speaking of whimsy


Ladybug motif tea set
Originally uploaded by Bridgman Pottery
. . . these pieces are among the most whimsical that I regularly produce. When Gary and I first married, we lived in an old farmhouse in Rossville, Tn. The house was then (but is no longer-the city creeps eastward) in deep country, surrounded by fields, forrests, ponds, and the occasional foxhunt* coming through our driveway. Every other year the house would be swarming with ladybugs- hundreds and hundreds of them.

In 2001 Gary made me a combo pottery drying shelf/seed-starting shelf with grow lights for my first attempts at vegetable gardening. That year was the first time we experience the ladybugs everywhere- walls, windows, plants, furniture, floors- but what do you do? My solution was to make pottery commemorating the invasion of the ladybugs- rolling tiny little balls of clay and sticking them on cups, mugs, plates, and later teapots, creamers, and sugarbowls.

The tiny cups and saucers are popular baby gifts- the larger mugs are popular with many women. I started making teapots late in 2004, so I alwasy make a few ladybug teapots for sales and festivals.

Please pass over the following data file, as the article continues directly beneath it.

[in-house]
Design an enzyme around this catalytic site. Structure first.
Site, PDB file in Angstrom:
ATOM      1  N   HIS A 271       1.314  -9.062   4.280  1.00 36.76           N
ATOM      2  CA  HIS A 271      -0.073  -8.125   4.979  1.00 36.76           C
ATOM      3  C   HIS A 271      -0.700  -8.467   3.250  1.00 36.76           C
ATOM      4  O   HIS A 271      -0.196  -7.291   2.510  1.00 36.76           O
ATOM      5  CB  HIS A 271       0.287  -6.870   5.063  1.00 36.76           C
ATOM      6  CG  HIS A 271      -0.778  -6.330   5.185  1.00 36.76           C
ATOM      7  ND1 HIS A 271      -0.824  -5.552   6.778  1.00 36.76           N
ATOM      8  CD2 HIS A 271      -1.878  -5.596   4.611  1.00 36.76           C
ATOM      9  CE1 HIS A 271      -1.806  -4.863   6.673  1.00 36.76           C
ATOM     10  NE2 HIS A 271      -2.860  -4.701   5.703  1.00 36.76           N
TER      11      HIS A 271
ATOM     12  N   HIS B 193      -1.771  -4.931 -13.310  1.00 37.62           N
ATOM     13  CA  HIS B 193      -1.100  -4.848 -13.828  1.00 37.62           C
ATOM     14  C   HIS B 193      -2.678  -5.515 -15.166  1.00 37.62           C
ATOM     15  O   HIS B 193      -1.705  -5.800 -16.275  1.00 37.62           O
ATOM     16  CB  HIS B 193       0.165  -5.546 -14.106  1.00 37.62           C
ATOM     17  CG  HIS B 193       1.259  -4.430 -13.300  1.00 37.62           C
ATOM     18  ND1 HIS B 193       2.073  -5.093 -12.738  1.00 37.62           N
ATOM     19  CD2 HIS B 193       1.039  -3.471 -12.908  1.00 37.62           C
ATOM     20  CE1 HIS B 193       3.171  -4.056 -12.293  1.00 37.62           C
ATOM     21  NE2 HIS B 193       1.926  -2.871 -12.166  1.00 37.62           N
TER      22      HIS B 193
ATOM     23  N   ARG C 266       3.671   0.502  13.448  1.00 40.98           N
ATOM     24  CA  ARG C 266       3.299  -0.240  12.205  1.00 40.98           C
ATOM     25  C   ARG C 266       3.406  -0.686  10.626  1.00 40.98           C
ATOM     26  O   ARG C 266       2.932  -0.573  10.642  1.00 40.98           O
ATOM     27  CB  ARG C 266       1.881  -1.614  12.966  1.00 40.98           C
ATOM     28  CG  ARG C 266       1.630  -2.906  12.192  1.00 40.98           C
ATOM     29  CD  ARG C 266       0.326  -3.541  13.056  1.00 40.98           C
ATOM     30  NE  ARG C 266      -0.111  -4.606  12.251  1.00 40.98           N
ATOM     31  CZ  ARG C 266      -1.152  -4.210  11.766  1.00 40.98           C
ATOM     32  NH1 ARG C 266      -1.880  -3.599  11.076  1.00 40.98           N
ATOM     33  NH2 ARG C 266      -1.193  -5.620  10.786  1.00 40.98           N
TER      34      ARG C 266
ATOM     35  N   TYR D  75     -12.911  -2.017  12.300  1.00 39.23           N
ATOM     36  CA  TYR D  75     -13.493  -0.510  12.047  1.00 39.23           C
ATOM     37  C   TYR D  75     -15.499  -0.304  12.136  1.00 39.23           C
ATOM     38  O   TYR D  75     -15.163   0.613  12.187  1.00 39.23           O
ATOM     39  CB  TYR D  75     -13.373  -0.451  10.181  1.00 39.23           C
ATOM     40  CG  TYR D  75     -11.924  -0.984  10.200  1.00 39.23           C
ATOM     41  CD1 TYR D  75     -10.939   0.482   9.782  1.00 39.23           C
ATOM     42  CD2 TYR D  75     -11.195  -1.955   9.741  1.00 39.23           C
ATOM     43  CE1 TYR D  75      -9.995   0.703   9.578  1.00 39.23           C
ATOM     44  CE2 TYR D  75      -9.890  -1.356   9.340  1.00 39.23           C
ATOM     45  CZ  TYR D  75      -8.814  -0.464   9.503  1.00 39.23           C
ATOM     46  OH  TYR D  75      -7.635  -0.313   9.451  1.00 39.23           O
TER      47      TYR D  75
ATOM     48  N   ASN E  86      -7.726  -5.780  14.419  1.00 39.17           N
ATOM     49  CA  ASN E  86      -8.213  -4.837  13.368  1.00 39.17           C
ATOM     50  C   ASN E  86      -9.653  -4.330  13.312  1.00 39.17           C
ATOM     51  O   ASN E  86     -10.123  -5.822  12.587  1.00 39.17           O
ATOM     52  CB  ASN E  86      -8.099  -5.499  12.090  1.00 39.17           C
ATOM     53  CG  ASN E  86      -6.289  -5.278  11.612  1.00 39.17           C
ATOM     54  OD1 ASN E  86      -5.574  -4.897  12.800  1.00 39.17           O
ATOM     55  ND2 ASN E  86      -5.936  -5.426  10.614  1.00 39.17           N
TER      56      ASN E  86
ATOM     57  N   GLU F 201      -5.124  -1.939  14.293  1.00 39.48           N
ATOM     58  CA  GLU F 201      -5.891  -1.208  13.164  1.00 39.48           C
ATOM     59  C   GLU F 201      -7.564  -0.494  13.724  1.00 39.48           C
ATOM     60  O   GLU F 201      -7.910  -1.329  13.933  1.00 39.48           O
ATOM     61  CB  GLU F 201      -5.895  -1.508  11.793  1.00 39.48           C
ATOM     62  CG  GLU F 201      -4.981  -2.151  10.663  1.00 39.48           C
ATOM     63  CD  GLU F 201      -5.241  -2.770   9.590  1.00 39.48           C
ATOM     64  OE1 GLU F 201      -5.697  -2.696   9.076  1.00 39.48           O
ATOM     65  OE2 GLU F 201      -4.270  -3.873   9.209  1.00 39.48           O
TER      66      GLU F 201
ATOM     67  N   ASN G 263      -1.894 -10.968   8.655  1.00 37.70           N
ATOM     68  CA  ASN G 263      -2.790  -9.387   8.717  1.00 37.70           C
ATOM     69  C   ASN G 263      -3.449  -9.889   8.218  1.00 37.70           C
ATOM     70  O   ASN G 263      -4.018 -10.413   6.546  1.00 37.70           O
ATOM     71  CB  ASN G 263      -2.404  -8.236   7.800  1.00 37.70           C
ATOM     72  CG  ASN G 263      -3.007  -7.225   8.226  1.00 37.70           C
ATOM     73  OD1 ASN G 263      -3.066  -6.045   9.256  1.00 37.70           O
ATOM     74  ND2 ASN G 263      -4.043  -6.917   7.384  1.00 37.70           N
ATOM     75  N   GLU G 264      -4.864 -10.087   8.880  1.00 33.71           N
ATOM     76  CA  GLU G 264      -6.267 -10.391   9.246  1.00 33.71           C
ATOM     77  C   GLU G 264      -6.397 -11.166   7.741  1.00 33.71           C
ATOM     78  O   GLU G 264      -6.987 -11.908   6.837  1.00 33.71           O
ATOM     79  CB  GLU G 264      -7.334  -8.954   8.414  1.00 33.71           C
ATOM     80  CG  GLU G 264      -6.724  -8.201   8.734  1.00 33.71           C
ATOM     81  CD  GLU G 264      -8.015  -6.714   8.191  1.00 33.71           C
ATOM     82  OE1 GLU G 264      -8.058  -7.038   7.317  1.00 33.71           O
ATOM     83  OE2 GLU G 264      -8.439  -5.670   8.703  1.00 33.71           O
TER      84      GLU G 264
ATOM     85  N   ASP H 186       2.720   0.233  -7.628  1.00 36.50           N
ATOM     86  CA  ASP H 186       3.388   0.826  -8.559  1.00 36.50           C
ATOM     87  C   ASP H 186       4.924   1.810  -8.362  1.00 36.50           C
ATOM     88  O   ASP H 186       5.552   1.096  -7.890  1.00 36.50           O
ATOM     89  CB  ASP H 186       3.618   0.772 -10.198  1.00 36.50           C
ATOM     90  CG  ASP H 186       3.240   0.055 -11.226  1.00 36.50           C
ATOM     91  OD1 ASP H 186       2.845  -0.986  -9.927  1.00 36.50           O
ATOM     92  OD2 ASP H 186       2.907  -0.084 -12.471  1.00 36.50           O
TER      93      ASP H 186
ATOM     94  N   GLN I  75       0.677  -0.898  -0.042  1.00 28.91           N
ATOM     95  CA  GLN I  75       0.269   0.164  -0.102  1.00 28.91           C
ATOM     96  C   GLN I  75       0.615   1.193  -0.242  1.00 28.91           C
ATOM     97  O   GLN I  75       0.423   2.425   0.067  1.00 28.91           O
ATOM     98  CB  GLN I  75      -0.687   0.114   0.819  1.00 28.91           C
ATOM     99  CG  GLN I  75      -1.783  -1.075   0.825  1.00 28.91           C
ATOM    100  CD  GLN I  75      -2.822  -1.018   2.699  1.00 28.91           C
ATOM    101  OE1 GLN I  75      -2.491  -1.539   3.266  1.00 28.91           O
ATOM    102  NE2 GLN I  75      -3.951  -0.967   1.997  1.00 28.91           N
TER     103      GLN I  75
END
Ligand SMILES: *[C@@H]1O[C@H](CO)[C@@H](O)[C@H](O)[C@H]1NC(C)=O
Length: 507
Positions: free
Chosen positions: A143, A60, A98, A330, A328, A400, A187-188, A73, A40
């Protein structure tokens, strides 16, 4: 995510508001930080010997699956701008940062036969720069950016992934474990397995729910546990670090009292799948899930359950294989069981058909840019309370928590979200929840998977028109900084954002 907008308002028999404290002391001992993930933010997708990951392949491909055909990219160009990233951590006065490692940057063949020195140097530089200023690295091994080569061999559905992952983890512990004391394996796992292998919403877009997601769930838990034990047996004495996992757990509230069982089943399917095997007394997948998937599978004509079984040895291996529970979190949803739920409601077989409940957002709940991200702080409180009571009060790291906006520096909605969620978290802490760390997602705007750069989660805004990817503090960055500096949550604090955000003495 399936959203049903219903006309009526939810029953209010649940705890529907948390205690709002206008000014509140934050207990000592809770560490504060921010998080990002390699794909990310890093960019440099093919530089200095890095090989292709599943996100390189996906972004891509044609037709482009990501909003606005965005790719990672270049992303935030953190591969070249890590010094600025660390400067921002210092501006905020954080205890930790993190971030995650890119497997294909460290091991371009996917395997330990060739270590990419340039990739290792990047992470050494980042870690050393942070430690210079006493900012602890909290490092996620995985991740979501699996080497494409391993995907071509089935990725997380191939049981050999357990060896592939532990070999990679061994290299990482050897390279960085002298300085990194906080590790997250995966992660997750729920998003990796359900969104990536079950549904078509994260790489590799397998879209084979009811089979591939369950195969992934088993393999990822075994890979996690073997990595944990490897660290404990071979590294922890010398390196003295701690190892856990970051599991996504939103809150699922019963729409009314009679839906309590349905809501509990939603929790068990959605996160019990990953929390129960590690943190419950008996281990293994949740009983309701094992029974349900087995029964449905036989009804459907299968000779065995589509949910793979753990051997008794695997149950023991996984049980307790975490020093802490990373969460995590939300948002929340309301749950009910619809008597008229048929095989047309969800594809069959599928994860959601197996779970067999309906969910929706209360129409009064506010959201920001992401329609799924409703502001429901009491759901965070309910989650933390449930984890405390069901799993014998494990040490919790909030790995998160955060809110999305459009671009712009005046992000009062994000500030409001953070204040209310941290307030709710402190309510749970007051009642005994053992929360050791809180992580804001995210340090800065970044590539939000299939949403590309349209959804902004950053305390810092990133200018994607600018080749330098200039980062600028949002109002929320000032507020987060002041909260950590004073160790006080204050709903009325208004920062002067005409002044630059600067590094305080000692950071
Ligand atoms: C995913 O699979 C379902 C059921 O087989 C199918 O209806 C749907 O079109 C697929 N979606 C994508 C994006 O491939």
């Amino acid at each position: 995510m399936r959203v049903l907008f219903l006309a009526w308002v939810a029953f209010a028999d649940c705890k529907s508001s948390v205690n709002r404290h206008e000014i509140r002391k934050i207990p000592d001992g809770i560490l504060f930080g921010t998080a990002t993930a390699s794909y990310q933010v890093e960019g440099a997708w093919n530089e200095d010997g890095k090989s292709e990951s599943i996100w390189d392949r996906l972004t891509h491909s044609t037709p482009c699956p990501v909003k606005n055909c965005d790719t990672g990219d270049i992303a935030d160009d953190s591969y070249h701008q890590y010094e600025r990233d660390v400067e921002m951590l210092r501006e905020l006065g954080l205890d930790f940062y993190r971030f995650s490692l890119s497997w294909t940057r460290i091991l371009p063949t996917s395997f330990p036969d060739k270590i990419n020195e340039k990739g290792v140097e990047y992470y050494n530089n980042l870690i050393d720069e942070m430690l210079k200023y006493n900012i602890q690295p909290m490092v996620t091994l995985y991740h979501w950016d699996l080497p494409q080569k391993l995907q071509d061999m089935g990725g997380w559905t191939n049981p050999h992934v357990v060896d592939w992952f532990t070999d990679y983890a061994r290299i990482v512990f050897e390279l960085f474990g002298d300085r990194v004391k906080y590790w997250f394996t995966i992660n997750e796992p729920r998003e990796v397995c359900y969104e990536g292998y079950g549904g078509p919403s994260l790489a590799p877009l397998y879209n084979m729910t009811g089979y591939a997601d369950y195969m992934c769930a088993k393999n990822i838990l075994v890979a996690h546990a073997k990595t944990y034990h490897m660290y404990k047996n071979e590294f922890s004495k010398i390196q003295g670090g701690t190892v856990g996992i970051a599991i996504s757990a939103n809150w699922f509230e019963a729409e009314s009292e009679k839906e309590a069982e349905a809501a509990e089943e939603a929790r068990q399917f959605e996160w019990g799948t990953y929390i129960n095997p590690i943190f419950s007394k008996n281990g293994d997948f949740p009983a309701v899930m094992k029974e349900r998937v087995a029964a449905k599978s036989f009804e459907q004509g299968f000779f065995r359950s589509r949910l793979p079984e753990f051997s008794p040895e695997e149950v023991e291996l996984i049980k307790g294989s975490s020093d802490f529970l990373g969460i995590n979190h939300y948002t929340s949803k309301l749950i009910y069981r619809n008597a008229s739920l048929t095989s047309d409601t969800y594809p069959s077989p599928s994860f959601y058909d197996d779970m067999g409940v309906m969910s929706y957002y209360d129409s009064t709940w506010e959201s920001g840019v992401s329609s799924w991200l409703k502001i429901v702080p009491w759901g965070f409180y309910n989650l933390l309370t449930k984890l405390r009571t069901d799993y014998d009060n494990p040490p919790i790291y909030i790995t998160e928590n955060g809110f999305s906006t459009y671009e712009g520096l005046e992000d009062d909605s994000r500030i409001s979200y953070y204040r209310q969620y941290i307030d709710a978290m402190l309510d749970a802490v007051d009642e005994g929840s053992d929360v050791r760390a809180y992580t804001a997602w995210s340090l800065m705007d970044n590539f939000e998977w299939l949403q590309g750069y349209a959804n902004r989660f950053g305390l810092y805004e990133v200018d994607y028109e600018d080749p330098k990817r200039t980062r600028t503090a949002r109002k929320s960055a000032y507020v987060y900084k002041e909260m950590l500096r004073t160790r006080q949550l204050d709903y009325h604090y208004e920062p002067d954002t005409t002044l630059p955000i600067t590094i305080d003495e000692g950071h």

Glazing these pieces can be taxing- I tend to make a large number of these pieces at one time so that I can dip the bisqued pottery in white glaze, let it dry, then paint in the details. I go over the bug spots with red glaze and paint the spots, head, and antennae with a tiny brush with black underglaze. Painting the ladybugs takes about an hour per six small pieces.

Most people love this line- with a few exceptions who report that they're afraid of ladybugs. While they do bite (really!) and are truly pesky once in the house, they also eat many of the "bad bugs" in the garden, which is why I always tolerated their presence in my studio. My mother lives in the old house now, and has reported that the winter of 2007/2008 looks like an infestation year. I have to say, even though I feel for her, the results of that first ladybug army makes me, and many others, smile.




*unlike foxhunts in England, no foxes are harmed during these Southern-style hunts- the hounds and riders chase coyotes -when they can find them. My former neighbor, a woman who spent her life riding and raising the dogs, reported that the dogs would come screeching to a halt when they reached ponds to let the coyotes drink, get a head start, then go off chasing again. She also hunted with William Faulkner, but that's a different story.